||This article needs to be updated. (August 2015)|
DeepFlight Challenger is a one-person personal submarine deep submergence vehicle with full ocean depth capability. It is an "aero-submarine" which uses hydrodynamic forces to descend, as the sub has positive buoyancy, utilizing DeepFlight technology from Hawkes Ocean Technologies. The submarine is currently owned by Virgin Oceanic.
The submarine was designed by Graham Hawkes and Hawkes Ocean Technologies. It was originally ordered by Steve Fossett for an attempt on the Challenger Deep, to become the first solo dive there. Planning for the submarine started in 2000. It was put on the ordersheet in 2005, with a depth capability of 37,000 ft. The craft was named "Challenger" after the Challenger Deep by Fossett. At the time of the order, this would have doubled the depth that a single-place sub would be capable of going. It was to have been a "secret project" of Fossett's to be the first to solo the Challenger Deep, and was secret at the time of his death in 2007. The project was put on hold when Fossett died, and locked up in a warehouse at Hawkes Ocean Technologies, by the then owners, Fossett's estate, but was later revived when Chris Welsh of Deep Sub LLC bought the unfinished sub and restarted the program in 2010. Welsh had purchased the sub and the Cheyenne yacht from the Fossett estate for around $1 million. Virgin Oceanic came in as sponsors a year later in 2011. At the time of Fossett's death, the sub had been almost finished, only four weeks from dive tests  and delivery.
Had the sub been finished as scheduled, it would have been the first to return a solo manned mission to the Challenger Deep.
The submarine uses composite technology to create a lightweight sub with great depth capabilities. The viewdome is made from quartz, while the rest of the pressure hull uses carbon/epoxy composites. The interface between dome and hull is by bonded titanium rings. The sub has a 24hour endurance, 3kt bottom speed, and 350 ft/min dive rate. Without ballast attached, the sub is positively buoyant, it uses syntactic foam for buoyancy. The submarine does not have a temperature control system for the cabin, so will tend towards ambient temperature. The sub weighs 8000 lbs, and does not need a dedicated mothership. It has a 15 mi range, 6kt maximum speed, and 3-axis freedom of motion. It uses LED lighting instead of arc lights, and has a laser navigation system. The sub can dive to the bottom of the ocean and get back to the surface in 5 hours. The design draw from DeepFlight II, another Hawkes Ocean Technologies full depth submarine. The pressure hull is rated to withstand 20,000PSI (more than the 16,000PSI at the bottom of the Mariana Trench). The sub is smaller than James Cameron's Deepsea Challenger. Challenger represents the third generation of DeepFlight technology, one generation behind the DeepFlight Super Falcon.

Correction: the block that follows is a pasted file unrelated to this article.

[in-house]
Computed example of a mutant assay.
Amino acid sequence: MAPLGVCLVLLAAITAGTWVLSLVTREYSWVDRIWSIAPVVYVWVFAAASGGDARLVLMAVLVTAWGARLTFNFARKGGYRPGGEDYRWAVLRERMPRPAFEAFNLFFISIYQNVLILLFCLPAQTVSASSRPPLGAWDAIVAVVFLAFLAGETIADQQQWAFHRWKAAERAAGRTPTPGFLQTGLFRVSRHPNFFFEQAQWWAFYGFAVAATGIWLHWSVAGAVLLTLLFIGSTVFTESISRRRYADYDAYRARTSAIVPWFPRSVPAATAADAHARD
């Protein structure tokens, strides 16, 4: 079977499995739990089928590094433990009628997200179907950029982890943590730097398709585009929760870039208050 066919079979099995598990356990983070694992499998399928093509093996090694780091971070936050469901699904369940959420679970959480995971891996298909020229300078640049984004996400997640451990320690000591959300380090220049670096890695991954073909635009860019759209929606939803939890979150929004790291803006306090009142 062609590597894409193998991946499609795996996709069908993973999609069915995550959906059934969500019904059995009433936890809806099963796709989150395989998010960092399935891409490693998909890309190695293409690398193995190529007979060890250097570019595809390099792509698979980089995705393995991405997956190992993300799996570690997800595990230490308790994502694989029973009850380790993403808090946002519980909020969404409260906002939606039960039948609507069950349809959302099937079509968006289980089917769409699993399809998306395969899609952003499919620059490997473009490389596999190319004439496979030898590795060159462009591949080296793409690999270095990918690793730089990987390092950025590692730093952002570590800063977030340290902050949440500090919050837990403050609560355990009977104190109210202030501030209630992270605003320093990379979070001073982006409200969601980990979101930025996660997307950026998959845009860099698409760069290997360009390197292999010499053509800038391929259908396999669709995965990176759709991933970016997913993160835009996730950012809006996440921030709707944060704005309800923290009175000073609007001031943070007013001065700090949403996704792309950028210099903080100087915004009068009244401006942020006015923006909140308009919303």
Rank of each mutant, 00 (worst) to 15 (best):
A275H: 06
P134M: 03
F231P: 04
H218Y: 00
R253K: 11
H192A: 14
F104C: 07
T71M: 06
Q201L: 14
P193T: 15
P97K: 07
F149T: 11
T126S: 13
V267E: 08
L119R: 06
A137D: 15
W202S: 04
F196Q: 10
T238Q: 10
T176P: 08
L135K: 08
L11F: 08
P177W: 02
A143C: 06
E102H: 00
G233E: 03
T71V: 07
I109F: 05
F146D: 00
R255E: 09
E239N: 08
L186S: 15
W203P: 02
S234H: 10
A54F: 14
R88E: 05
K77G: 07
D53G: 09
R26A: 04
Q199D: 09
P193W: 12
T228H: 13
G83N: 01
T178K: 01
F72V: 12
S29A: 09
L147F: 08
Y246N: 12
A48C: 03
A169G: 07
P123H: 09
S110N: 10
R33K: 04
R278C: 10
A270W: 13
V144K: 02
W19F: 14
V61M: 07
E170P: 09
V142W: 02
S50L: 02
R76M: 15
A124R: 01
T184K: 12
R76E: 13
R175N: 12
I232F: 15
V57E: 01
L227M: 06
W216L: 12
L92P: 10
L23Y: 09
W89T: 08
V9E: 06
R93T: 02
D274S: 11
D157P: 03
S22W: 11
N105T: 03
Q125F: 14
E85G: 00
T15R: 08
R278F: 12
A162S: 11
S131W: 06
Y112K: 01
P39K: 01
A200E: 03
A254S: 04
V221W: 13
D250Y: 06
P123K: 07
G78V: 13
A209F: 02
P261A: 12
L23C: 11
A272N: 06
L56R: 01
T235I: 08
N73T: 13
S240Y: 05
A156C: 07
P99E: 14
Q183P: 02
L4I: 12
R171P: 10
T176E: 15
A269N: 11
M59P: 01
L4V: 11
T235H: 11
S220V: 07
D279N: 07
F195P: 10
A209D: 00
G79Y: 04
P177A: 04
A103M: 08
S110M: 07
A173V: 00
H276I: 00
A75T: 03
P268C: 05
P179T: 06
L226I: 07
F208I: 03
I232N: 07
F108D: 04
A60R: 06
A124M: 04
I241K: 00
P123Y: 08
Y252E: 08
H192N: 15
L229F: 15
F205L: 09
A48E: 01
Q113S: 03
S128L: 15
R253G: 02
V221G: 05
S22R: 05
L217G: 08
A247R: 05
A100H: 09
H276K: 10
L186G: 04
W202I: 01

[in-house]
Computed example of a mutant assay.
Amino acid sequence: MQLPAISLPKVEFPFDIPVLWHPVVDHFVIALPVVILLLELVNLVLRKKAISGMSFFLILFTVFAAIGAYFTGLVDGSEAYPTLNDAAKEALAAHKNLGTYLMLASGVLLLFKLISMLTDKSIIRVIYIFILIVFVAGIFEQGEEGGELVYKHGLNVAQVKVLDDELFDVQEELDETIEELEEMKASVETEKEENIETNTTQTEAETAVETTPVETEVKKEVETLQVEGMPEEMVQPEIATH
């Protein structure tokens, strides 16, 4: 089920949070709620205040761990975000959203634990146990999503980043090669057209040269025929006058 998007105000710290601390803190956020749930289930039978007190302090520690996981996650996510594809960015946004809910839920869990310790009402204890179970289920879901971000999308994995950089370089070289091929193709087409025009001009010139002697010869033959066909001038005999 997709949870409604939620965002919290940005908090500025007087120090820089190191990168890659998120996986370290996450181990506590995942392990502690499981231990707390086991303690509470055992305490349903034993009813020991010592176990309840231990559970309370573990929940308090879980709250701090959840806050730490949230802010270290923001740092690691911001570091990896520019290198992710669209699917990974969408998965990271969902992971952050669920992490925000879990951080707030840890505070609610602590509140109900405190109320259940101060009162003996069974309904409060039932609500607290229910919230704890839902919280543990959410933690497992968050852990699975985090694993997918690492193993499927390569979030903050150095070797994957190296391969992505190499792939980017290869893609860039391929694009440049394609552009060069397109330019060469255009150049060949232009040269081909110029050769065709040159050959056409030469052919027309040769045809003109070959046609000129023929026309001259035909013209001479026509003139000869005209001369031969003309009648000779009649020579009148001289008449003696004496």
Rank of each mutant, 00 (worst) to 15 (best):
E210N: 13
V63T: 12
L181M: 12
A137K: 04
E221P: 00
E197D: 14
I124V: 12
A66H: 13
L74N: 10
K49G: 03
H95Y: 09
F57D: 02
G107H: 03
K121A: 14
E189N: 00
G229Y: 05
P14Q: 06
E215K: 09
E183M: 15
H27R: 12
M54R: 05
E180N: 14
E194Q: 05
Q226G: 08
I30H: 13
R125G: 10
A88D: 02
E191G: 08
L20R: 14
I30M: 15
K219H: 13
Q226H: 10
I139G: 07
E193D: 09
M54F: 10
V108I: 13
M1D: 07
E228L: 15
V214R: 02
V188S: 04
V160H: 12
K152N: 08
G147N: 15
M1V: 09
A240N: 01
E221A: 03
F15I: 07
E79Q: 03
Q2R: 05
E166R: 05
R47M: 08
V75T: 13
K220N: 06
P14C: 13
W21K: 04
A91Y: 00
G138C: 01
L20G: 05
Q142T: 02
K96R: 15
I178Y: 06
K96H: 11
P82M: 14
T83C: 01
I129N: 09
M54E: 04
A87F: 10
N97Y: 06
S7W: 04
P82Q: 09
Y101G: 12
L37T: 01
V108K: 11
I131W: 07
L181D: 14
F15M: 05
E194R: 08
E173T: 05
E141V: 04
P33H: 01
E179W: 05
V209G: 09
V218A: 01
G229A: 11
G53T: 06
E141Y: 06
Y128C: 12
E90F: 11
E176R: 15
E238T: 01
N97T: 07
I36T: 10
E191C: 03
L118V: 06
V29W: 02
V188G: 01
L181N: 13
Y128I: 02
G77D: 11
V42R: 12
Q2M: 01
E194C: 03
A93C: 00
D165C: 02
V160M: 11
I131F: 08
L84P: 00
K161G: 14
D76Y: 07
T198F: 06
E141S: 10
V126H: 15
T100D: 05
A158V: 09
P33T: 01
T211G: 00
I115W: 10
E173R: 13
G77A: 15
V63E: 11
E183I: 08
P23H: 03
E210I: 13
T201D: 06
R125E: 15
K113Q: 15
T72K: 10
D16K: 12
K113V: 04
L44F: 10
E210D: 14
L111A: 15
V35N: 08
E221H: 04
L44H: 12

- May 2007
- Penn State Applied Research Laboratory Building; Pressure test of the pressure hull to Mariana Trench like pressures. Passed test, except for a crack in the viewdome due to a manufacturing defect.
- November 2007
- cancelled tests, in the wake of Steve Fossett's death.
- February 2012
- Alameda Naval Air Station (Oakland, California, USA); Ballast system was tested. Submerged battery and engine testing, while manned.
Five Dives project
Richard Branson and Chris Welsh of Virgin Oceanic plan on using DeepFlight Challenger to reach the deepest point of each of the world's five oceans, the Mariana Trench of the Pacific Ocean (36,201 ft), the Puerto Rico Trench of the Atlantic Ocean (28,232 ft), the Diamantina Trench of the Indian Ocean (26,401 ft), South Sandwich Trench of the Southern Ocean (23,737 ft), and Molloy Deep of the Arctic Ocean (18,399 ft). The Cheyenne yacht will be used as the mothership for the dive efforts.
It was planned that Branson would pilot the sub to the Puerto Rico Trench, while Chris Welsh would pilot it for the Mariana Trench dive. Virgin Oceanic had hoped to be the first team to solo to the bottom of the Mariana Trench, and first team to return to the Challenger Deep since the Bathyscaphe Trieste, the first submersible to dive to the Challenger Deep, left, however, James Cameron's Deepsea Challenge project beat them to it in March 2012. There has been an undeclared race on to return to the Challenger Deep between four teams, Cameron's, Virgin Oceanic's, Google-Schmidt/DOER's, and Triton Submarines'. The attempt on Challenger Deep had been announced in April 2011.
Based on testing at high pressure, the DeepFlight Challenger was determined to be suitable only for a single dive, not the repeated uses that had been planned as part of Virgin Oceanic service. As such, in 2014, Virgin Oceanic "scrapped" plans for the five dives project using the DeepFlight Challenger, as originally conceived, putting plans on hold until more suitable technologies are developed.
As of February 2012, several other vehicles are under development to reach the same depths. The groups developing them include:
- Deepsea Challenge, a program created by James Cameron and National Geographic, using the submarine Deepsea Challenger, that carries a crew of one, and which became the second manned vehicle to reach Challenger Deep.
- Triton Submarines, a Florida-based company that designs and manufactures private submarines, whose vehicle, Triton 36000/3, will carry a crew of three to the seabed in 120 minutes.
- Deep Ocean Exploration and Research (DOER) Marine, a San Francisco Bay Area based marine technology company established in 1992, that is developing a vehicle, Deepsearch (and Ocean Explorer HOV Unlimited), with some support from Google's Eric Schmidt with which a crew of two or three will take 90 minutes to reach the seabed, as the program Deep Search.
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